Effect of tenofovir disoproxil fumarate on risk of renal abnormality in HIV-1-infected children on antiretroviral therapy: a nested case-control study.
ABSTRACT To investigate the association between tenofovir disoproxil fumarate (TDF) use and renal abnormality in a large cohort of HIV-1-infected children on antiretroviral therapy (ART).
Nested case-control study.
Patients were from the Collaborative HIV Paediatric Study, a cohort of approximately 95% of HIV-1-infected children in the UK/Ireland. Serum (but not urine) biochemistry results for 2002-2008 were obtained for 456 ART-exposed children (2-18 years) seen at seven hospitals. Cases had either confirmed hypophosphataemia DAIDS grade at least 2 or estimated glomerular filtration rate (eGFR) less than 60 ml/min per 1.73 m; three controls per case were matched by hospital. Conditional logistic regression identified risk factors for renal abnormality.
Twenty of 456 (4.4%) had hypophosphataemia, and one had eGFR less than 60 ml/min per 1.73 m. Ten of 20 (50%) cases versus 11 of 60 (18%) controls had taken TDF-containing ART for a median [interquartile range (IQR)] of 18 [17-20] months, as part of second-line or salvage therapy. The hypophosphataemia incidence rate was 4.3/100 person-years in the TDF group versus 0.9/100 person-years in those not exposed to TDF. In multivariable analysis, only TDF exposure in the previous 6 months was associated with hypophosphataemia [odds ratio (OR) = 4.81, 95% confidence interval (CI) 1.45-16.0, P = 0.01]. In six of 10 children with hypophosphataemia and at least four subsequent phosphate measurements, phosphate values returned to normal when TDF was stopped; in four with three measures or less, values rose but remained subnormal.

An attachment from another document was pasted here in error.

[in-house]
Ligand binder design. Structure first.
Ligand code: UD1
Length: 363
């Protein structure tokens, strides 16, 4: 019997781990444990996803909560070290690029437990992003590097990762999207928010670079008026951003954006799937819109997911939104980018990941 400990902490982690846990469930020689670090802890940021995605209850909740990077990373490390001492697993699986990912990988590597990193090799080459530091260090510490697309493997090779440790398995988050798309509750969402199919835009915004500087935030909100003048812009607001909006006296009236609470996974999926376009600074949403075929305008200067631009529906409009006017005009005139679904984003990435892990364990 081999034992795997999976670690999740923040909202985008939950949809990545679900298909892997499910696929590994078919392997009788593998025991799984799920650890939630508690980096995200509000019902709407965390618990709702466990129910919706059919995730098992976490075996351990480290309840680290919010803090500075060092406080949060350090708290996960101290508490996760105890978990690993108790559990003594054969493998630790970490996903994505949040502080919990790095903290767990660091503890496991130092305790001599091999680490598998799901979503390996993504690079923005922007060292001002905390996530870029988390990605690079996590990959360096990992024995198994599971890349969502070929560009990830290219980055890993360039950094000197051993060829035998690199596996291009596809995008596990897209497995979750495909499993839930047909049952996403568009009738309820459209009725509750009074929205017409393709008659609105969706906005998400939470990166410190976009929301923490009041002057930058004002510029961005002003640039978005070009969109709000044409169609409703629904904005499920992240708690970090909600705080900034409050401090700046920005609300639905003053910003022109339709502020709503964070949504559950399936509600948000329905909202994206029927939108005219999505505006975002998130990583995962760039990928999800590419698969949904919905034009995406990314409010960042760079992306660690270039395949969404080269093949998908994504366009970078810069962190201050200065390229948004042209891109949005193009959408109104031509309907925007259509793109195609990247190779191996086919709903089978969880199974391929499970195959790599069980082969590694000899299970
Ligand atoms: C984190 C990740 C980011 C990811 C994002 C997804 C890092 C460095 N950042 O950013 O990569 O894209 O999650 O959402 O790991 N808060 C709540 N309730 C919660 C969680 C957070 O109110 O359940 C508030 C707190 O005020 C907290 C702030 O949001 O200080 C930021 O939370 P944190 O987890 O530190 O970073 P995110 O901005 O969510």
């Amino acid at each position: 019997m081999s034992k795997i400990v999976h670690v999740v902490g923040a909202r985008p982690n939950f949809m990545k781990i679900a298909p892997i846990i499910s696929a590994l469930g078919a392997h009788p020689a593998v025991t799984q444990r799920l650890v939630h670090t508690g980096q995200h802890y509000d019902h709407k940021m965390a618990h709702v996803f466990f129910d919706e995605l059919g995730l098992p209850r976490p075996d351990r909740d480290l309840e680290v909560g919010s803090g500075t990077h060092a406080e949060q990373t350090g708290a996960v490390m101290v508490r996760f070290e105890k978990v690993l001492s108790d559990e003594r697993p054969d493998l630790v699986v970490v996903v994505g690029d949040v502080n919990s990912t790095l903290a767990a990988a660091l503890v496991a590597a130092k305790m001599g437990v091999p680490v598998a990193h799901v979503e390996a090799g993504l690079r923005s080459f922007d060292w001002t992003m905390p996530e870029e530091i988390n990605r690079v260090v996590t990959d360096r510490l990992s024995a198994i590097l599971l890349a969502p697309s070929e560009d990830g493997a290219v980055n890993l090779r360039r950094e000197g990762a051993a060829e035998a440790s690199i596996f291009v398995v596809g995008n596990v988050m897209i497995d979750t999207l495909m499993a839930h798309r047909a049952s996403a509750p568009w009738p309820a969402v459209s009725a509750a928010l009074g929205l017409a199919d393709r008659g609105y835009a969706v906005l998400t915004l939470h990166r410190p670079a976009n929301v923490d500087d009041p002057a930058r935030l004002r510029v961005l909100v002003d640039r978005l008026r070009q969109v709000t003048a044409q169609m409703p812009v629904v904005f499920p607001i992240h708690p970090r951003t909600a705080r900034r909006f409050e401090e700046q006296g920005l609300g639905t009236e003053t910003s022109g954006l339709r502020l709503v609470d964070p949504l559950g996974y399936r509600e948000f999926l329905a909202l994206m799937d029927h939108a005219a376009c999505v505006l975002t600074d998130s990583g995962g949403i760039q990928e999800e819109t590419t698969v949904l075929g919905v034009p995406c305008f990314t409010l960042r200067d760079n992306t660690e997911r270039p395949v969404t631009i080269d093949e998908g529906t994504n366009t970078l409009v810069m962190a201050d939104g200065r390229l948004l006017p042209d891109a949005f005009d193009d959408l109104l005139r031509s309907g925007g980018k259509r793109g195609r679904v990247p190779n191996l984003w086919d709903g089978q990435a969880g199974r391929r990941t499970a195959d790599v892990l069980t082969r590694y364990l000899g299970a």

Hypophosphataemia was uncommon (4%), but was associated with prolonged TDF use, and was generally reversible following TDF withdrawal. Findings highlight the importance of continuing to monitor longer-term renal function, in particular tubular function, especially in those taking TDF. Further studies assessing urine biochemistry measures which more accurately indicate renal tubular damage are required.
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ABSTRACT: Background:Tenofovir disoproxil fumarate (TDF) causes bone, endocrine and renal changes, by unknown mechanism(s). Data are limited on tenofovir pharmacokinetics and these effects.Methods:Using baseline data from a multicenter study in HIV-infected youth on stable treatment with regimens containing TDF (N=118) or no TDF (N=85), we measured cross-sectional associations of TDF use with markers of renal function, vitamin D-calcium-parathyroid hormone balance, phosphate metabolism (tubular reabsorption of phosphate and fibroblast growth factor 23 (FGF23)), and bone turnover. Pharmacokinetic-pharmacodynamic associations with plasma tenofovir and intracellular tenofovir diphosphate concentrations were explored among those receiving TDF.Results:Mean age was 20.9 (SD 2.0) years; 63% were male; and 52% African American. Compared to the noTDF group, the TDF group showed lower mean estimated glomerular filtration rate and tubular reabsorption of phosphate; and higher parathyroid hormone and 1,25-dihydroxy vitamin D (1,25-OH(2)D). The highest quintile of plasma tenofovir concentrations was associated with higher vitamin D binding protein, lower free 1,25-OH (2)D, higher 25-OH vitamin D and higher serum calcium. The highest quintile of intracellular tenofovir diphosphate concentration was associated with lower FGF23.Conclusion:Higher plasma tenofovir concentrations were associated with higher vitamin D binding protein and lower free 1,25-OH (2)D, suggesting a functional vitamin D deficiency possibly explaining TDF-associated increased parathyroid hormone. The finding of lower FGF-23 accompanying higher intracellular tenofovir diphosphate suggests different mechanisms mediate TDF-associated changes in phosphate handling. Separate pharmacokinetic properties may be associated with distinct TDF toxicities: tenofovir with parathyroid hormone and altered calcium balance, and tenofovir diphosphate with hypophosphatemia and FGF23 regulation.The clinical trials registration number for this study is NCT00490412, available online at http://clinicaltrials.gov/ct2/show/NCT00490412.Antimicrobial Agents and Chemotherapy 09/2013; · 4.57 Impact Factor